We had a good morning on the dual carriageway and managed 70km in just under three hours. After lunch this main road fed onto a smaller A road which was very pretty but busy with traffic.
Now we’re back in the countryside we cant help but notice the strange homemade mascots that Albanians like to hang near their veg patches and small fields. We can only assume that they are acting like a kind of scarecrow but we realise that most of them are surely too small to scare away birds:
We can only assume that they have some other superstitious purpose as once we start noticing them they are suddenly everywhere – even hanging from garage ceilings and incomplete building projects.
After being on the busy A road which was stressful for Paddy but at least the drivers gave us plenty of room and there wasn’t too much frustrated overtaking, we turned off onto a more rural route. The countryside here is characterised by rolling hills and we cycle through lots of villages. It’s a Saturday so there are lots of people out and about, tending their gardens and walking to the local shop.
It feels much poorer here than on the coast and we see a lot of donkeys and horse and carts being used. People harvesting using scythes and a lot of the houses have a home built feel. Lots of people grow their own vegetables and keep chickens etc. However we do see a number of very nice looking new houses too so some people out here are obviously doing well.
We know we’re getting close to Belsh when we start to cycle past lake after lake. The area here is home to 84 lakes in total – all natural. Belsh itself is an incredibly picturesque town which sits right on the end of one of these lakes. As we cycle down into the centre we notice a huge regeneration project taking place – the whole waterfront is enjoying a huge makeover with polished white stone plazas and piers being laid down right round the water.
We stop in town and start looking for a restaurant. Paddy wonders into a bar to get directions and here he meets Endri, a local 27 year old who currently works for the tourism department of Belsh and who has perfect English. Endri ends up taking us to his cousin’s restaurant which boasts great views over the town and good food. Endri is quite the character and starts telling us all about the regeneration project happening in Belsh. We’re very happy to sit, eat and listen.
‘Belsh used to be a quiet town you know, nobody knew about it but then a few years ago the government noticed it – like an unpolished gem you know – and now they are investing millions of pounds into this building project. It will be good when it’s finished I think’
After we’ve finished eating Endri insists that we come and stay with him at his families home that night. A quick call home to his mum confirms that a bed will be ready for us when we get there. We don’t know what to say at this unquestionable hospitality from a woman who hasn’t even met us yet…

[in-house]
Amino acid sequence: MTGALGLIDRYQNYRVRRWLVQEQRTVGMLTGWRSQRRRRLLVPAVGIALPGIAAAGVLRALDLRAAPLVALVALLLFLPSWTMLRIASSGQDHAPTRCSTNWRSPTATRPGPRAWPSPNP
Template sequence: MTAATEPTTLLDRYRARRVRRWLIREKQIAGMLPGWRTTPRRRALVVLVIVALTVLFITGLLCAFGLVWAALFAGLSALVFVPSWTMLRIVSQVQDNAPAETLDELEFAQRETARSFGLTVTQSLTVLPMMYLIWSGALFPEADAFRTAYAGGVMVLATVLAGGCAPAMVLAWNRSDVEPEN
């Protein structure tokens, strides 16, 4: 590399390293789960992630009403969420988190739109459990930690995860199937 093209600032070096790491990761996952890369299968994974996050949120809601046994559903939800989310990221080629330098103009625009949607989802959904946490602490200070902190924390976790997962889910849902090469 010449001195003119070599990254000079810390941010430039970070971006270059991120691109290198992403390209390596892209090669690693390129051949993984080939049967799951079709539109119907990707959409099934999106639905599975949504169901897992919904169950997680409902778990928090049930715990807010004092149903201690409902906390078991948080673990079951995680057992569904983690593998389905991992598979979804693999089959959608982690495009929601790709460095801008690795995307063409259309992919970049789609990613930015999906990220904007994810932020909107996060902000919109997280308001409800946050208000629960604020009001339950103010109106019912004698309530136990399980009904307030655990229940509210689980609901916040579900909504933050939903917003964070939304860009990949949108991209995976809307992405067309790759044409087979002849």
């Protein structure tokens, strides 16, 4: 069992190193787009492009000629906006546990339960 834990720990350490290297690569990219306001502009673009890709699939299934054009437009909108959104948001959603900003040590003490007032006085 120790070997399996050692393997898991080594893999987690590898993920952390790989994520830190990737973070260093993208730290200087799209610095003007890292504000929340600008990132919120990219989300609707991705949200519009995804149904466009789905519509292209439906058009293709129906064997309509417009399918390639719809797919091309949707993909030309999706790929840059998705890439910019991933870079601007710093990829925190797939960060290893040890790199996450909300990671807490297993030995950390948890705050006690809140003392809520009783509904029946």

We have a super evening with Endri, his mum, dad, sister and two nieces. They have a lovely house which has been extended upwards to create a brand new apartment for Endri and his new wife who he will marry in the summer.
We have a great evening with his family drinking homemade Raki. The generosity we received was overwhelming especially when we were presented with gifts from the family’s little jewellery shop at the end of the night and Endri’s dad drew a picture for us with his contact details on.
We enjoy a vast breakfast the next morning of brac (Albanian pastries) pasta, eggs, sheep cheese and salad washed down with fresh milk mixed with honey. Then we head out with Endri for a Sunday morning coffee.
Like many of the other countries we have visited on this trip society still feels very patriarchal in Albania and the next morning Endri confirms this over coffee by telling us that men dominate society here. For example Endri who is younger than his sister was sent to a private school in Terana but his sister attended the local state school. Endri confirms this over coffee; ‘That’s just the way things are here‘.
We also talk a lot about how the fabric of society is also based on connections and relationships. If people don’t emigrate they normally stay very close to where they were born and you will often find generations of families under one roof. Everybody knows everyone else in Belsh and Endri explains the importance of paying respect to your friends and allies. He alludes to the fact that you get ahead by calling favours when you need to.
What we get most from Endri is that he is very proud of Albania and when talking about Albania’s neighbouring countries you feel the underlying rivalries that still exist between the various Balkan states. The Albanian-Serbia Euro football match of last year is a good example of this.
It was so amazing to have such a personal insight into a country. Endri’s family were so warm and we will now be leaving Albania understanding the country so much better.